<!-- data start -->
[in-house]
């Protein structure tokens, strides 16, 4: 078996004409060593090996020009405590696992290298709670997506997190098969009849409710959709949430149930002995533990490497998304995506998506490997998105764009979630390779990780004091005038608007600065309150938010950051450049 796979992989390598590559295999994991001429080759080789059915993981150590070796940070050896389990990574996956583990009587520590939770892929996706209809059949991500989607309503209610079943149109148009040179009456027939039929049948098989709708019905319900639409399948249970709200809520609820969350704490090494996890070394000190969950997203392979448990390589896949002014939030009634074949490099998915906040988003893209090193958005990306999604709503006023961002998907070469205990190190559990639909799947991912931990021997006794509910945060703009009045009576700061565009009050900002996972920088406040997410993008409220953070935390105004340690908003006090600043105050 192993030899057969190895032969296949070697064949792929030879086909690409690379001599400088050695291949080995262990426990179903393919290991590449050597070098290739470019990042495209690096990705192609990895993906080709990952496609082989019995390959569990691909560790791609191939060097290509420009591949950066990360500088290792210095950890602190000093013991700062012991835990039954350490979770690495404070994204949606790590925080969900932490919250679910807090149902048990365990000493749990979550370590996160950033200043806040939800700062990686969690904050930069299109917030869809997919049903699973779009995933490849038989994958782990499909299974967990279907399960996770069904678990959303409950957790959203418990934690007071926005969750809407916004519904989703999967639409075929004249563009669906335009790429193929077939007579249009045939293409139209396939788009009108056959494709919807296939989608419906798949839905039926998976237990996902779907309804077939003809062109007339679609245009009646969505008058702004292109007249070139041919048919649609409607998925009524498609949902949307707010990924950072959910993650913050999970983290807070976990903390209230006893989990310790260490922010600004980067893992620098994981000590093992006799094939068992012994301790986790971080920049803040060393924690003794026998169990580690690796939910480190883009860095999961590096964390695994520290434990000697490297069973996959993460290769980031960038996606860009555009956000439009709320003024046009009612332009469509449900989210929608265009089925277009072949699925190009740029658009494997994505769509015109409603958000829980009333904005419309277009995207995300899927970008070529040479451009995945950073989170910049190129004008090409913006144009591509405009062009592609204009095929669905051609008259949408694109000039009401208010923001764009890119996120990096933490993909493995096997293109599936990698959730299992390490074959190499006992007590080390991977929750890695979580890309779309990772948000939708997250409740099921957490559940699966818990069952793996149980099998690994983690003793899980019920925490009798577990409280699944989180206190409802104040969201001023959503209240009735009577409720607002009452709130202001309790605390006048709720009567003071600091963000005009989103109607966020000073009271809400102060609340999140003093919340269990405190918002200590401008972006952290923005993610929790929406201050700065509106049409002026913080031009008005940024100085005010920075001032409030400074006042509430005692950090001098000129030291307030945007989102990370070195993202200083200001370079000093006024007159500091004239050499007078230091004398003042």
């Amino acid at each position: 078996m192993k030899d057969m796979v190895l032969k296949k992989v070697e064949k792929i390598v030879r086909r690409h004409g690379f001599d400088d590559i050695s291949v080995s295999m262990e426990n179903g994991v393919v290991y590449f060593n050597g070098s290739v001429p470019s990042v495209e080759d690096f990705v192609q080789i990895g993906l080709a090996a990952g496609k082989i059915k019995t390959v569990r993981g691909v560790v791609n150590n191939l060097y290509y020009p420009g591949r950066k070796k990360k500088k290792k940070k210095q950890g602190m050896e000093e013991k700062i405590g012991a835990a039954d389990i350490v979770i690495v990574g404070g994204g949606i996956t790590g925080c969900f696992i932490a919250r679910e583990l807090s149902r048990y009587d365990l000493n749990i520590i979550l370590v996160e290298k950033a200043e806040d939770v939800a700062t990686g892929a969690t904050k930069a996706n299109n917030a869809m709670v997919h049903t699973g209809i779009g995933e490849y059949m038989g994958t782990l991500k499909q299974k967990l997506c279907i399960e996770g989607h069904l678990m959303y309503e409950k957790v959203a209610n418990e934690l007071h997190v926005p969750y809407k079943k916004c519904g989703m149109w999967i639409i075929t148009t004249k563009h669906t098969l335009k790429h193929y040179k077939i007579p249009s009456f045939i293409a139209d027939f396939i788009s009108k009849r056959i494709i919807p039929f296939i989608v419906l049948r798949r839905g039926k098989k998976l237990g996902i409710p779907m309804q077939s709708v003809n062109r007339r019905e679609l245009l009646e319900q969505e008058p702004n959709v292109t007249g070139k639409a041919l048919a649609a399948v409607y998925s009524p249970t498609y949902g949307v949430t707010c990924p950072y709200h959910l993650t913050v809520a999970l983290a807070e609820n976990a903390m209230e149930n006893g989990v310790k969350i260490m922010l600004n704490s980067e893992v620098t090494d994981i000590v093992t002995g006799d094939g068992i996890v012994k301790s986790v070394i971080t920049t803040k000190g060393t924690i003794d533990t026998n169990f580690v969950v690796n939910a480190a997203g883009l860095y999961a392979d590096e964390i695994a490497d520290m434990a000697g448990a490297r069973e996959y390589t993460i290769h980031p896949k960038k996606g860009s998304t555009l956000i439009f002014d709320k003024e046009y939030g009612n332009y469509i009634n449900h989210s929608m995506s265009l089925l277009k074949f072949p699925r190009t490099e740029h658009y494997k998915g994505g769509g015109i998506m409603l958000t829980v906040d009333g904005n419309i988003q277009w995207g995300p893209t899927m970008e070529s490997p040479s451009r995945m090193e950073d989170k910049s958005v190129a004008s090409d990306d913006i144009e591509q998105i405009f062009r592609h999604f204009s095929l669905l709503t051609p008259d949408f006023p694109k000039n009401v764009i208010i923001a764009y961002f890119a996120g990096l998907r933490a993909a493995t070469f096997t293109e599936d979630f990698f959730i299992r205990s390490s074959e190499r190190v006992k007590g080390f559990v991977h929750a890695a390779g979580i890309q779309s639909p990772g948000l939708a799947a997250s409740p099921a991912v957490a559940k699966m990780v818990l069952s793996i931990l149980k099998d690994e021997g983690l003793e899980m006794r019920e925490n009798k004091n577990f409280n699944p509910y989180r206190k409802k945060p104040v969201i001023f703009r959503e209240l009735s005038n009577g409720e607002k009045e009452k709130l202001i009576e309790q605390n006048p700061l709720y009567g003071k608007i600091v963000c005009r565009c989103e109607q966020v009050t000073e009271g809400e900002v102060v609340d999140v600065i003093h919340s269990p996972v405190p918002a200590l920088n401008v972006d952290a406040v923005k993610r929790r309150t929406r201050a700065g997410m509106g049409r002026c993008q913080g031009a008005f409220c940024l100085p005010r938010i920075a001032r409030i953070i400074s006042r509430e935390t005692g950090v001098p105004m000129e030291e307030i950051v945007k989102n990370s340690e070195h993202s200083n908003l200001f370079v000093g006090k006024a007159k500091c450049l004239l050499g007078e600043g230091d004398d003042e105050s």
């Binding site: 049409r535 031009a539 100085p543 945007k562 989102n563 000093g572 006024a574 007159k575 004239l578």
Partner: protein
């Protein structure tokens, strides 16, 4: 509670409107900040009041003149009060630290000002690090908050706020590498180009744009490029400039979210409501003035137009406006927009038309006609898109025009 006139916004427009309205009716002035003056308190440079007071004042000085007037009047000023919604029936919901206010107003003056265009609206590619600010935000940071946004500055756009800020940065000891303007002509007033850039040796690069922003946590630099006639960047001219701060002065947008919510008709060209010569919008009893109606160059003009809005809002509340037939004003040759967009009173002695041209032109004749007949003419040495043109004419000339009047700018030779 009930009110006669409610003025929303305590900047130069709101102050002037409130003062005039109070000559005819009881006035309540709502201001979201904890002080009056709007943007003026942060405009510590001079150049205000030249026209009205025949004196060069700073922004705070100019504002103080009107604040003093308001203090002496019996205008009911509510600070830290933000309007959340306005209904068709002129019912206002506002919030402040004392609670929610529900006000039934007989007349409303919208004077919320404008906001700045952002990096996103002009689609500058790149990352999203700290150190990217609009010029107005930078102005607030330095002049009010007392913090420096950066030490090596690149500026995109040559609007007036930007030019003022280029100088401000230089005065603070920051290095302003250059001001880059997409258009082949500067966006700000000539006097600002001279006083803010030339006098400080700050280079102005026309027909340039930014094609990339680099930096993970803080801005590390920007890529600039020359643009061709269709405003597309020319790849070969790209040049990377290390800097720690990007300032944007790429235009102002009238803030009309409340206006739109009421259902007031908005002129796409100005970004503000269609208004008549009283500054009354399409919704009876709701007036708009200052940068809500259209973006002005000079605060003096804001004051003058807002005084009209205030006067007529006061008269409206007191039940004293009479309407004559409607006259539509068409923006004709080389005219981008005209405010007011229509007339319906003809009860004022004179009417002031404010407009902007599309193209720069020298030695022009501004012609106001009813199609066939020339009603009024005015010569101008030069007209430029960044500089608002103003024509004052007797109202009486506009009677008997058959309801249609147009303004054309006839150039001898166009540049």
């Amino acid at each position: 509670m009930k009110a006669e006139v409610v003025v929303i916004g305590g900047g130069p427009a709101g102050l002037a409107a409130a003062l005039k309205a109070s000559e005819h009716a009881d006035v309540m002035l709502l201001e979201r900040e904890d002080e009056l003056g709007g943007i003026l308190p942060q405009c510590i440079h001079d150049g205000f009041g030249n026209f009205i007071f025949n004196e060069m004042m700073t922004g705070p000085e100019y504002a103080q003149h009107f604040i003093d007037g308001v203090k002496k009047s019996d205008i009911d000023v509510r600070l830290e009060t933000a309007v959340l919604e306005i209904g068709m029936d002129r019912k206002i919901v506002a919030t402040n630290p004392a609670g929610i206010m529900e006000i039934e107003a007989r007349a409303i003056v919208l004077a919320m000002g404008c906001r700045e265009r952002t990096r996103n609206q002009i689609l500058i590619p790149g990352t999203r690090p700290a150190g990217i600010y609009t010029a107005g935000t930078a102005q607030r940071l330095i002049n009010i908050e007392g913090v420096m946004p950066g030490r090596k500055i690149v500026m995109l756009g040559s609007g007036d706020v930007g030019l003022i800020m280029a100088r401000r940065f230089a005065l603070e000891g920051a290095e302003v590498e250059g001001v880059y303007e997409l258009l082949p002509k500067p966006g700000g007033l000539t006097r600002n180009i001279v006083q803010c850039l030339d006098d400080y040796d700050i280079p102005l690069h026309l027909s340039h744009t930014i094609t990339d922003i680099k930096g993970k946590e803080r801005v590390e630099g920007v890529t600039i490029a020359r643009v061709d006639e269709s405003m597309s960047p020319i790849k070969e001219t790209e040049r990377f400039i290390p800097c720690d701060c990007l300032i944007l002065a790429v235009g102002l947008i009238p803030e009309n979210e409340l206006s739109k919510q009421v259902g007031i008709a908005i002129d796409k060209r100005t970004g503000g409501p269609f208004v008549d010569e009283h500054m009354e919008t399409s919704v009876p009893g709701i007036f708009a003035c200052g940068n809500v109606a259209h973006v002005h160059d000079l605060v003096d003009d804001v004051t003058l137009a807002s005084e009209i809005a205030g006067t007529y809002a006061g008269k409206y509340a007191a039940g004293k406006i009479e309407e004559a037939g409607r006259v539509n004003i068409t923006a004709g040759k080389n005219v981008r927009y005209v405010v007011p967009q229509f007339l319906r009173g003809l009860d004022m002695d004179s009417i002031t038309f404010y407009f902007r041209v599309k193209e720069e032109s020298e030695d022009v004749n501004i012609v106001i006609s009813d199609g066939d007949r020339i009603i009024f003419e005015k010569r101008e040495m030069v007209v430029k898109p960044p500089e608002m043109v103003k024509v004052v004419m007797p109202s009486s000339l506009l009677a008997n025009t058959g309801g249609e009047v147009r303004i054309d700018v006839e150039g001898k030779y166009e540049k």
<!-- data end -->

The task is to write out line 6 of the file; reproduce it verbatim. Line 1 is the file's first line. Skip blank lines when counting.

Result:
């Protein structure tokens, strides 16, 4: 509670409107900040009041003149009060630290000002690090908050706020590498180009744009490029400039979210409501003035137009406006927009038309006609898109025009 006139916004427009309205009716002035003056308190440079007071004042000085007037009047000023919604029936919901206010107003003056265009609206590619600010935000940071946004500055756009800020940065000891303007002509007033850039040796690069922003946590630099006639960047001219701060002065947008919510008709060209010569919008009893109606160059003009809005809002509340037939004003040759967009009173002695041209032109004749007949003419040495043109004419000339009047700018030779 009930009110006669409610003025929303305590900047130069709101102050002037409130003062005039109070000559005819009881006035309540709502201001979201904890002080009056709007943007003026942060405009510590001079150049205000030249026209009205025949004196060069700073922004705070100019504002103080009107604040003093308001203090002496019996205008009911509510600070830290933000309007959340306005209904068709002129019912206002506002919030402040004392609670929610529900006000039934007989007349409303919208004077919320404008906001700045952002990096996103002009689609500058790149990352999203700290150190990217609009010029107005930078102005607030330095002049009010007392913090420096950066030490090596690149500026995109040559609007007036930007030019003022280029100088401000230089005065603070920051290095302003250059001001880059997409258009082949500067966006700000000539006097600002001279006083803010030339006098400080700050280079102005026309027909340039930014094609990339680099930096993970803080801005590390920007890529600039020359643009061709269709405003597309020319790849070969790209040049990377290390800097720690990007300032944007790429235009102002009238803030009309409340206006739109009421259902007031908005002129796409100005970004503000269609208004008549009283500054009354399409919704009876709701007036708009200052940068809500259209973006002005000079605060003096804001004051003058807002005084009209205030006067007529006061008269409206007191039940004293009479309407004559409607006259539509068409923006004709080389005219981008005209405010007011229509007339319906003809009860004022004179009417002031404010407009902007599309193209720069020298030695022009501004012609106001009813199609066939020339009603009024005015010569101008030069007209430029960044500089608002103003024509004052007797109202009486506009009677008997058959309801249609147009303004054309006839150039001898166009540049």